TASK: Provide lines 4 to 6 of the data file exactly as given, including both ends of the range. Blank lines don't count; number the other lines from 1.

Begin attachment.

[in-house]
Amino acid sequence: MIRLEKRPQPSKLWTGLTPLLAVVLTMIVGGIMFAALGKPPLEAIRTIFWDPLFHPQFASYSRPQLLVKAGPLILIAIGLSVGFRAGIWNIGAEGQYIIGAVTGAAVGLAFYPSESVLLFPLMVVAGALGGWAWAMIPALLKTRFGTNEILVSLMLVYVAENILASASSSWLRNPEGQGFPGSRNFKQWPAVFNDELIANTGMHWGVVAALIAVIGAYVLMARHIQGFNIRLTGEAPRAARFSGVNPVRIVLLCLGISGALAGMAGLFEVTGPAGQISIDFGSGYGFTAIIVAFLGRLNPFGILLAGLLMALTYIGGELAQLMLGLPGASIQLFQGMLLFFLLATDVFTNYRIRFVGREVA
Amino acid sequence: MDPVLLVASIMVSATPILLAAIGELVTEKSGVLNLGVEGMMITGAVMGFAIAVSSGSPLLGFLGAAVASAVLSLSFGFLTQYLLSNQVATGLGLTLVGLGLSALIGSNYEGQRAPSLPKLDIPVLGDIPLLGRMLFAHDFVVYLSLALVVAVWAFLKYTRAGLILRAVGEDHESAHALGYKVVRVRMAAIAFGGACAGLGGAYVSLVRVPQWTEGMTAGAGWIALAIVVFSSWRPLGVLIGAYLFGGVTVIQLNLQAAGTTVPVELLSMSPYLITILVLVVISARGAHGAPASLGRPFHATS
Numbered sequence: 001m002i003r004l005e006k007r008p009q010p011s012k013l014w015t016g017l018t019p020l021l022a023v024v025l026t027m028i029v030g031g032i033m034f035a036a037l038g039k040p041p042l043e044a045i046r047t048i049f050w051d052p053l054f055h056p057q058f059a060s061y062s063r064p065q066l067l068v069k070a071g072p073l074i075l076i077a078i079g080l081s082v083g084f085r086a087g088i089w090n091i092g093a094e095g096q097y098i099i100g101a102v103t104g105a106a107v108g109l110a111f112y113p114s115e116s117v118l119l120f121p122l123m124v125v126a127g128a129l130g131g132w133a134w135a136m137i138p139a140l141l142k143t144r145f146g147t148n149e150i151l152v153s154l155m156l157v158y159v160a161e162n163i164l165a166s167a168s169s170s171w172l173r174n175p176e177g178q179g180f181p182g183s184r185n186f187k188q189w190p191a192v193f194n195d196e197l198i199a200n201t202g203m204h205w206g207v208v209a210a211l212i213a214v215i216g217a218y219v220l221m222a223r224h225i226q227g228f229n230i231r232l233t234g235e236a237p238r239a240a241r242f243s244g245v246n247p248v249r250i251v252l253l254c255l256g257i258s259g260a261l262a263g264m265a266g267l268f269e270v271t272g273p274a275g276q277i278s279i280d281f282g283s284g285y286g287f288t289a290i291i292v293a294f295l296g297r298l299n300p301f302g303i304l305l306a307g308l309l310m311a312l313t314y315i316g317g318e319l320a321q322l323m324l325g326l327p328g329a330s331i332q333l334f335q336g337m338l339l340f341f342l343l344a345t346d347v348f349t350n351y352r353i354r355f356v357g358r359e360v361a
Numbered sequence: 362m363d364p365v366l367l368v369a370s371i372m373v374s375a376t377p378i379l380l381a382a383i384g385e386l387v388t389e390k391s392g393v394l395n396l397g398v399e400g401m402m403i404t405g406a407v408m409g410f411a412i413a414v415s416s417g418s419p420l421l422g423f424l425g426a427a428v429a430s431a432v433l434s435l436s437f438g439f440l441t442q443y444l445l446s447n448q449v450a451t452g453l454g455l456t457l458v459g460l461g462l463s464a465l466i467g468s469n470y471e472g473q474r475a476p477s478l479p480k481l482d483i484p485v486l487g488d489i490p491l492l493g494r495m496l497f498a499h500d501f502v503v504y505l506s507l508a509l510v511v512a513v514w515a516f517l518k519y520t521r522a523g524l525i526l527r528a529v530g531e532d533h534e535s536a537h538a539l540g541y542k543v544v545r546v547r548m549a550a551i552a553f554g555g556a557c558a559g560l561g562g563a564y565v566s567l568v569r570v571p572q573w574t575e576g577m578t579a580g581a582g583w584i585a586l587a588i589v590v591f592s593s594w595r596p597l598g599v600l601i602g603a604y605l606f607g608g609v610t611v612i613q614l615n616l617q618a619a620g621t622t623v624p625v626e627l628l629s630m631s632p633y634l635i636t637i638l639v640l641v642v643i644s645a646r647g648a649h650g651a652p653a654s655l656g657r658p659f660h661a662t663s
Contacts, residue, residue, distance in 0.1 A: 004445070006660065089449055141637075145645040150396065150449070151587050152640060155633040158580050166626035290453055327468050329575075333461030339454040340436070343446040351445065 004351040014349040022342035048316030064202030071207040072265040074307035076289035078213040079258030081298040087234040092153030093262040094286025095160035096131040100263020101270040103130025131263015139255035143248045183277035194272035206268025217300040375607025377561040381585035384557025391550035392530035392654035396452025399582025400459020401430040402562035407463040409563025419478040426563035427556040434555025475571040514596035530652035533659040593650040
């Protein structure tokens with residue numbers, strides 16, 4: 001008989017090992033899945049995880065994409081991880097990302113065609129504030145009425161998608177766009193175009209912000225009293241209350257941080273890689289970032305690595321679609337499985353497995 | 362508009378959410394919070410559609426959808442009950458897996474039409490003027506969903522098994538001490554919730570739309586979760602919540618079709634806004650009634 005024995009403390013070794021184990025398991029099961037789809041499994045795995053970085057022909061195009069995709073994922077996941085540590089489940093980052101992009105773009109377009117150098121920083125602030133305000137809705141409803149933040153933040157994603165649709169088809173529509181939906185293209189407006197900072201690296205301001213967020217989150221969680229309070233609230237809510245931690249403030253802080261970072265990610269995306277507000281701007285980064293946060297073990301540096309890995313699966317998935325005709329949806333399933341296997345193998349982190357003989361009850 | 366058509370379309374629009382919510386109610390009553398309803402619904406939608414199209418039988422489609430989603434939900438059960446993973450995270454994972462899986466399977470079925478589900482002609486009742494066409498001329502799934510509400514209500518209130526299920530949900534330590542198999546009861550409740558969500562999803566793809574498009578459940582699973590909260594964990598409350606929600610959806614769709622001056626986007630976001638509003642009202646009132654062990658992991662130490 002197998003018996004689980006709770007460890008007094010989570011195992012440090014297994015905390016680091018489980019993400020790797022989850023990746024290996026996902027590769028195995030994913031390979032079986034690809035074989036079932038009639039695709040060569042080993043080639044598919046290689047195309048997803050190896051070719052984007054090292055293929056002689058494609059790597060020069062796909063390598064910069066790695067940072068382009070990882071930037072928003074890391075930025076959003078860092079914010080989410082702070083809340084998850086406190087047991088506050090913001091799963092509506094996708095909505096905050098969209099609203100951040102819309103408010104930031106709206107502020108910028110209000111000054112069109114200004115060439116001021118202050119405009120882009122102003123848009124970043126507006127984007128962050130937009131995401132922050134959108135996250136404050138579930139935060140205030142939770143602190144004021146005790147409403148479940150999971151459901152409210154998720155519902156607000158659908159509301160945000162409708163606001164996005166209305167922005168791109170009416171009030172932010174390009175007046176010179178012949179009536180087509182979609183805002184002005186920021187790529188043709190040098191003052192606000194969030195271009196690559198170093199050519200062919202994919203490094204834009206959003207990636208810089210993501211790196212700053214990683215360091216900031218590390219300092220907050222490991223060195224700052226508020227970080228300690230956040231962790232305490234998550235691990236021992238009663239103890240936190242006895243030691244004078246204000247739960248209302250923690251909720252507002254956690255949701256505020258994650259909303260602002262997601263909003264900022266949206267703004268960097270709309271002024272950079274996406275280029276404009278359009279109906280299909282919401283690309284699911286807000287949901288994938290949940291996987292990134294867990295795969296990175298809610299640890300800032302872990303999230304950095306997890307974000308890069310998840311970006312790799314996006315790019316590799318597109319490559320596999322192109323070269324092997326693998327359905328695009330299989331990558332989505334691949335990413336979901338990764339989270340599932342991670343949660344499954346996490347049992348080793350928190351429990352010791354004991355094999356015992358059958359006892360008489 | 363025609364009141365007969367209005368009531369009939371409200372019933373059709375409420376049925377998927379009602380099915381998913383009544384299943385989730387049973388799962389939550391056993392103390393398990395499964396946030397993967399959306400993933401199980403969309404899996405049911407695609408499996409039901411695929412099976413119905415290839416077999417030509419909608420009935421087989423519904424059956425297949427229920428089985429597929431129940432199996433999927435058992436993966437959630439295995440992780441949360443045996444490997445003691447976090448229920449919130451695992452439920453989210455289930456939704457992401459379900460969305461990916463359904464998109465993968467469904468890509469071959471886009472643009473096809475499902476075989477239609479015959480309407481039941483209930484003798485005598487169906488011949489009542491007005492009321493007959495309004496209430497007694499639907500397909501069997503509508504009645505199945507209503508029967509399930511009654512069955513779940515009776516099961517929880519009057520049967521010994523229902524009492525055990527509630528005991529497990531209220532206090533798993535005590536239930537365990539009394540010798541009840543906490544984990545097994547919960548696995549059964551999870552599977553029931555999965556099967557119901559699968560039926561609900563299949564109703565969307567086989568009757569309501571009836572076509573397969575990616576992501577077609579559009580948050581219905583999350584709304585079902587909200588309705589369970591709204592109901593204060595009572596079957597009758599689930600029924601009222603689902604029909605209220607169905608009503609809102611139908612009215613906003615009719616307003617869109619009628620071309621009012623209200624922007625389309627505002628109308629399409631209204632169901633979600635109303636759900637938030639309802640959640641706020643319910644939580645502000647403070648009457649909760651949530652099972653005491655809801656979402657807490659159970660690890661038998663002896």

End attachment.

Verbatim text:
Numbered sequence: 001m002i003r004l005e006k007r008p009q010p011s012k013l014w015t016g017l018t019p020l021l022a023v024v025l026t027m028i029v030g031g032i033m034f035a036a037l038g039k040p041p042l043e044a045i046r047t048i049f050w051d052p053l054f055h056p057q058f059a060s061y062s063r064p065q066l067l068v069k070a071g072p073l074i075l076i077a078i079g080l081s082v083g084f085r086a087g088i089w090n091i092g093a094e095g096q097y098i099i100g101a102v103t104g105a106a107v108g109l110a111f112y113p114s115e116s117v118l119l120f121p122l123m124v125v126a127g128a129l130g131g132w133a134w135a136m137i138p139a140l141l142k143t144r145f146g147t148n149e150i151l152v153s154l155m156l157v158y159v160a161e162n163i164l165a166s167a168s169s170s171w172l173r174n175p176e177g178q179g180f181p182g183s184r185n186f187k188q189w190p191a192v193f194n195d196e197l198i199a200n201t202g203m204h205w206g207v208v209a210a211l212i213a214v215i216g217a218y219v220l221m222a223r224h225i226q227g228f229n230i231r232l233t234g235e236a237p238r239a240a241r242f243s244g245v246n247p248v249r250i251v252l253l254c255l256g257i258s259g260a261l262a263g264m265a266g267l268f269e270v271t272g273p274a275g276q277i278s279i280d281f282g283s284g285y286g287f288t289a290i291i292v293a294f295l296g297r298l299n300p301f302g303i304l305l306a307g308l309l310m311a312l313t314y315i316g317g318e319l320a321q322l323m324l325g326l327p328g329a330s331i332q333l334f335q336g337m338l339l340f341f342l343l344a345t346d347v348f349t350n351y352r353i354r355f356v357g358r359e360v361a
Numbered sequence: 362m363d364p365v366l367l368v369a370s371i372m373v374s375a376t377p378i379l380l381a382a383i384g385e386l387v388t389e390k391s392g393v394l395n396l397g398v399e400g401m402m403i404t405g406a407v408m409g410f411a412i413a414v415s416s417g418s419p420l421l422g423f424l425g426a427a428v429a430s431a432v433l434s435l436s437f438g439f440l441t442q443y444l445l446s447n448q449v450a451t452g453l454g455l456t457l458v459g460l461g462l463s464a465l466i467g468s469n470y471e472g473q474r475a476p477s478l479p480k481l482d483i484p485v486l487g488d489i490p491l492l493g494r495m496l497f498a499h500d501f502v503v504y505l506s507l508a509l510v511v512a513v514w515a516f517l518k519y520t521r522a523g524l525i526l527r528a529v530g531e532d533h534e535s536a537h538a539l540g541y542k543v544v545r546v547r548m549a550a551i552a553f554g555g556a557c558a559g560l561g562g563a564y565v566s567l568v569r570v571p572q573w574t575e576g577m578t579a580g581a582g583w584i585a586l587a588i589v590v591f592s593s594w595r596p597l598g599v600l601i602g603a604y605l606f607g608g609v610t611v612i613q614l615n616l617q618a619a620g621t622t623v624p625v626e627l628l629s630m631s632p633y634l635i636t637i638l639v640l641v642v643i644s645a646r647g648a649h650g651a652p653a654s655l656g657r658p659f660h661a662t663s
Contacts, residue, residue, distance in 0.1 A: 004445070006660065089449055141637075145645040150396065150449070151587050152640060155633040158580050166626035290453055327468050329575075333461030339454040340436070343446040351445065 004351040014349040022342035048316030064202030071207040072265040074307035076289035078213040079258030081298040087234040092153030093262040094286025095160035096131040100263020101270040103130025131263015139255035143248045183277035194272035206268025217300040375607025377561040381585035384557025391550035392530035392654035396452025399582025400459020401430040402562035407463040409563025419478040426563035427556040434555025475571040514596035530652035533659040593650040